What is scar tissue?
Scar tissue is dense fibrous connective tissue that forms over a healed wound or cut. Sounds bad right?! However, scar tissue is part of the body’s natural healing process after a tissue becomes damaged. It is formed during the remodelling phase of injury (see Juliet’s blog on soft tissue injuries).
Scar tissue is made of collagen, a natural substance that is found all over the body in differing types; collagen in the skin has differing qualities to collagen found in ligaments and muscles.
How can scar tissue affect athletic performance?
Scar tissue, if left untreated/mis-managed, can mean that strength and range of movement aren’t sufficient for the demands of your sport. Take for example a swimmer, who requires an extreme range of shoulder movement and strength. If the shoulder lacks one of these factors, your body may try and compensate elsewhere in the body, potentially leading to an injury.
- How can I strengthen my shoulders for swimming front crawl?
- Swimmer’s shoulder: what causes it, and three exercises to treat it
Or maybe your sport requires explosive power – e.g. that sprint finish at the end of a race. Your muscles need to be able to absorb load, and scar tissue may inhibit that ability to act as a shock-absorber.
How long can it take for scar tissue to go?
The extent of the injury will affect the length of time of remodelling – from days, to weeks, and in some rare cases, some scars will never repair fully.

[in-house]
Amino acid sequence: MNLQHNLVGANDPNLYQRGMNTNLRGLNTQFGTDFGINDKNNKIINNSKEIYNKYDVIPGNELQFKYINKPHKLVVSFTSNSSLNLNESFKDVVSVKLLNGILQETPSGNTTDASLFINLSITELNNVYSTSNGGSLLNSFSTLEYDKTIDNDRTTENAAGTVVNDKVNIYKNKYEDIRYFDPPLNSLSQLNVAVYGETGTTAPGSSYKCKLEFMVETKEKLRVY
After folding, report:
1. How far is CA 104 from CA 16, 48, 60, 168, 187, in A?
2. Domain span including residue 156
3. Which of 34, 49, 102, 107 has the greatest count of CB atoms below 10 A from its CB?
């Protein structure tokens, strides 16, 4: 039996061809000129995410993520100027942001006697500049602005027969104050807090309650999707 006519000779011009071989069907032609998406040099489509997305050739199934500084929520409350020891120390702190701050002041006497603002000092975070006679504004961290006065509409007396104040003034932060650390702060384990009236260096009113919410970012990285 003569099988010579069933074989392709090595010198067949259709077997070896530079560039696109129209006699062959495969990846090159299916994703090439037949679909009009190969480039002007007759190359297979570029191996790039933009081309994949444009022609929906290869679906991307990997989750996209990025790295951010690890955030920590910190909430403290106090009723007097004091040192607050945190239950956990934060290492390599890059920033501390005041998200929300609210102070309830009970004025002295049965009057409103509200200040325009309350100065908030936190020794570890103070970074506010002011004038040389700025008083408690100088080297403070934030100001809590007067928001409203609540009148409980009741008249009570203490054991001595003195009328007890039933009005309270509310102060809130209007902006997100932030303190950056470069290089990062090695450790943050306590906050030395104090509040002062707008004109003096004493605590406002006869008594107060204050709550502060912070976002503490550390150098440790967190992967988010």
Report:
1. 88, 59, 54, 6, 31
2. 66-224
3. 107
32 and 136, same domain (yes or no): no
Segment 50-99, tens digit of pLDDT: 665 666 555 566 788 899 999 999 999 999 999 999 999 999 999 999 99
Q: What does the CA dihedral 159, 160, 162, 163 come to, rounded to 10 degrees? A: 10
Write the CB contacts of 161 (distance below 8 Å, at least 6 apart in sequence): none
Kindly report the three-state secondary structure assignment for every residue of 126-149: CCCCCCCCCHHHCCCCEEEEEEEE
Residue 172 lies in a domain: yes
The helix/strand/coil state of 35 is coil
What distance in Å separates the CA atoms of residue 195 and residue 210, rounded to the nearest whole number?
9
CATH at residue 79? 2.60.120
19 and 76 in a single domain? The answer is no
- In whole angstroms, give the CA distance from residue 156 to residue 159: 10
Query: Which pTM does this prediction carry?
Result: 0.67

What are the different different types of scar tissue?
- Hypertrophic scars – essentially a raised scar but usually fades and lightens over time
- Keloid scars – this is when extra tissue grows, it is usually pink or red and can be itchy and painful. It tends to be more common in darker skin
The obvious scar is a post-surgical scar where stitches are required to join two surfaces back together. But scars are not always as a result of trauma – e.g. tattoo, acne, burns, piercings, insect bites.
How can you treat scar tissue?
This is dependent on the cause of injury, type and duration of scar. For example:
- Scar tissue from a muscular or ligament injury needs physiotherapy – a combination of advice and education, manual therapy and exercises to allow the collagen to orientate optimally. It is important to exercise the area through full range of movement when appropriate
- post-surgical treatments can include physiotherapy e.g. scar tissue mobilisation, silicone and laser therapy
- Keloid scars can be treated in some cases with a steroid injection
The goals of treatment is to restore function, improve aesthetics (if desired) and reduce pain.
What can happen if I don’t seek treatment?
Inappropriate treatment can inhibit the healing process therefore it is recommended to see a physiotherapist to ensure you are managing the soft tissue injury optimally. In summary, scar tissue is a helpful process, but if in doubt then contact a physio to ensure you are managing it optimally not just for injury, but for performance too.
If you concerned at all about any medical issue always seek advice from a doctor or chartered physiotherapist